For years I’ve read the Psalms of King David but they’ve never meant as much to me as now. I was struck this morning by the phrase (Psalms 45,15) in Ashrei “The eyes of all Yeshaburu wait for you”. The word Shever in Hebrew is more commonly used in the sense of to break, shatter or ruin, but spelt exactly the same way it can also mean to hope, expect, to wait.

I wondered how the word usually associated with broken-ness can also refer to hope and anticipation. Then it struck me with a bolt of clarity – that’s precisely what optimism is about. It’s not about denying the ugly reality of a world so easily broken by war, conflict, a pandemic or the plague.  It’s about acknowledging it, facing it and recognizing you’re not going to let it decide for you  it’s not going to shape you.

That’s why I relish the positives of confinement – a time to pray more deeply, read and learn more widely, reflect more thoughtfully and relate better to all I am in contact with. An opportunity to appreciate every breath.

Corona may attack the very air we breathe, but we can confound it and we will beat it. For now we can do that best by preserving and honoring every single breath we take and the breath of everyone we meet.

Rabbi Ralph

About the Author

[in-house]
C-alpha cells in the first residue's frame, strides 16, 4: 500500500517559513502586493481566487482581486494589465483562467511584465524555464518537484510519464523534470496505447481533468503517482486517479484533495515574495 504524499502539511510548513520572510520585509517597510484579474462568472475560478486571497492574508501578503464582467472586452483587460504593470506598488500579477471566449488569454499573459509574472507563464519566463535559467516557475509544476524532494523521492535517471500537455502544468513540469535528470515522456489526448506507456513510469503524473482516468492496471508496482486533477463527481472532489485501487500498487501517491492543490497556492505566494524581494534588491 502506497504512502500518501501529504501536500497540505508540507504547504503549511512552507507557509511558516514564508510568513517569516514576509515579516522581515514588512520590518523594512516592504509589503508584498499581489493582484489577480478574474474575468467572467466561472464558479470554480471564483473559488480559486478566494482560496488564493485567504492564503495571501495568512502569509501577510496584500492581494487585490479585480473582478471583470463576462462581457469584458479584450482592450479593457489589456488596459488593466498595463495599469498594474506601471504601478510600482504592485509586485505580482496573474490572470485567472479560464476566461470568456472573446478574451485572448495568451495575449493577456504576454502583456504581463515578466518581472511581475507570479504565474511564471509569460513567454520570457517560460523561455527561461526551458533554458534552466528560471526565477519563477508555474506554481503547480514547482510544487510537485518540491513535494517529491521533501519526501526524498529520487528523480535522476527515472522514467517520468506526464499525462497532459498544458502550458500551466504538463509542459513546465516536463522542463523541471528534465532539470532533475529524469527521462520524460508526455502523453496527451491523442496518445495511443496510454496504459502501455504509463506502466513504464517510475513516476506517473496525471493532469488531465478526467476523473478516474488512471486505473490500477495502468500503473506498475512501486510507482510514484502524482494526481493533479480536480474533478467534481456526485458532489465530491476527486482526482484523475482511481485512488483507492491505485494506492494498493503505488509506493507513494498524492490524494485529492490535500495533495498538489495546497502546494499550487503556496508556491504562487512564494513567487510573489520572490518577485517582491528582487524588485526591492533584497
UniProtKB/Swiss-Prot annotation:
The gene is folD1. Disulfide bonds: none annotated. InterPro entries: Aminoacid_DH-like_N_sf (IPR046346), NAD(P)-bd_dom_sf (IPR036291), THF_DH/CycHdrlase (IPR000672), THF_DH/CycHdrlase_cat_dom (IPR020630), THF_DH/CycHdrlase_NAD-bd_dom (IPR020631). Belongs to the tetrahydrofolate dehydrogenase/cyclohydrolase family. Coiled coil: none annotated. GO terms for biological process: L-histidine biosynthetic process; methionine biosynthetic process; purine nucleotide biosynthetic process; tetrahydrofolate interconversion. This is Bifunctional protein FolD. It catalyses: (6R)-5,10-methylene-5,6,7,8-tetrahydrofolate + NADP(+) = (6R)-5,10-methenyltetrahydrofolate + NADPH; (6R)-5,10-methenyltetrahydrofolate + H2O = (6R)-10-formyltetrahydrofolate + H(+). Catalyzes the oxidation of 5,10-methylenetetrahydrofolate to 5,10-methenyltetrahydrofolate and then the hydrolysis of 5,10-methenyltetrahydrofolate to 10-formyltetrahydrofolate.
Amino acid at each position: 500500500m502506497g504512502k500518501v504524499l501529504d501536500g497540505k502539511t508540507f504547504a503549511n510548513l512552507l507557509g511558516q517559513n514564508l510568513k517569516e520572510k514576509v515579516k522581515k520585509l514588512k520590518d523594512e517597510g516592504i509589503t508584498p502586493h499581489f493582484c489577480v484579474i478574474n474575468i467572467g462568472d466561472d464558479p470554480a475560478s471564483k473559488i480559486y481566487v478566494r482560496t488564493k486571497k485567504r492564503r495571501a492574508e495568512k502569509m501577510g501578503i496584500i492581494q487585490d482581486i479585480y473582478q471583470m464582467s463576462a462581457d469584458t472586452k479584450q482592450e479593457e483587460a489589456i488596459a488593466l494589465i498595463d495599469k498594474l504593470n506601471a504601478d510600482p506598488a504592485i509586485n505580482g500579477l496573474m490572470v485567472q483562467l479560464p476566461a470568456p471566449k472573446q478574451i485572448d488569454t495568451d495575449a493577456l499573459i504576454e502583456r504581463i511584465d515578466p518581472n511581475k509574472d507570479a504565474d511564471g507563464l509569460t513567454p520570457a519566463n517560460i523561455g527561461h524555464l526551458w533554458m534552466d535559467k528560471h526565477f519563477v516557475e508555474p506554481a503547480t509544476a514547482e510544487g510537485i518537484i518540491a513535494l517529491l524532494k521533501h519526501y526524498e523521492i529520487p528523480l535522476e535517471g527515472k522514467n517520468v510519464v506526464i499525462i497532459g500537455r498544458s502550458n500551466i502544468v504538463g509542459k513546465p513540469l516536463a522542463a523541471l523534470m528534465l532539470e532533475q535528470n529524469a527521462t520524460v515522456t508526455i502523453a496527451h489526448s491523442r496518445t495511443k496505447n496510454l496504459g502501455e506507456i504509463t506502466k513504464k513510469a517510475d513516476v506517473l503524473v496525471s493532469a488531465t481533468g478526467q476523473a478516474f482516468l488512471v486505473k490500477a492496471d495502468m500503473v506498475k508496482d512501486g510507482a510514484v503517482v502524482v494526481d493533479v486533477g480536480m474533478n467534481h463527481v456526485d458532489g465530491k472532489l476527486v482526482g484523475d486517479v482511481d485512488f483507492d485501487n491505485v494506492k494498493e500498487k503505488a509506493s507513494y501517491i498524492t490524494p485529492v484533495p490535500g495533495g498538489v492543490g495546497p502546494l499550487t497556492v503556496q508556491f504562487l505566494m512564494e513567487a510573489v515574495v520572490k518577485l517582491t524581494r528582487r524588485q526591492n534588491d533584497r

Rabbi Genende recently retired as the Senior Rabbi of Melbourne’s premier Caulfield Shule and took up the position of Senior Rabbi and Manager to Jewish Care Victoria, Melbourne’s largest Jewish organisation. He was a senior Reserve Chaplain in the South African Defence Force and is now Principal Rabbi to the Australian Defence Force, Member of the Religious Advisory Council to the Minister of Defence (RACS), board member of AIJAC (Australian Israel Jewish Affairs Council) and member of the Premier's Mulitifaith Advisory Group. He was President of JCMA (Jewish Christian Muslim Association) and a long time executive member of the Rabbinical Association of Victoria. He also oversees Yad BeYad a premarital relationship program, is a member of Swinburne University’s Research Ethics Committee and of the DHHS ,Department of Health Ethics Committee and sits on the Glen Eira City Council’s Committee responsible for its Reconciliation Action Plan for recognition and integration of our first peoples. Ralph has a passion for social justice and creating bridges between different cultures and faiths. For him the purpose of religion is to create a better society for all people and to engage with the critical issues facing Australian society. The role of the rabbi is, in his words, to challenge the comfortable and comfort the challenged. In 2018 Rabbi Genende was awarded an OAM for his services to multi-faith relations, and to the Jewish community of Victoria. Rabbi Genende is a trained counsellor with a Masters degree from Auckland University. He is married to Caron, a psychologist, and they have three children and two grandchildren.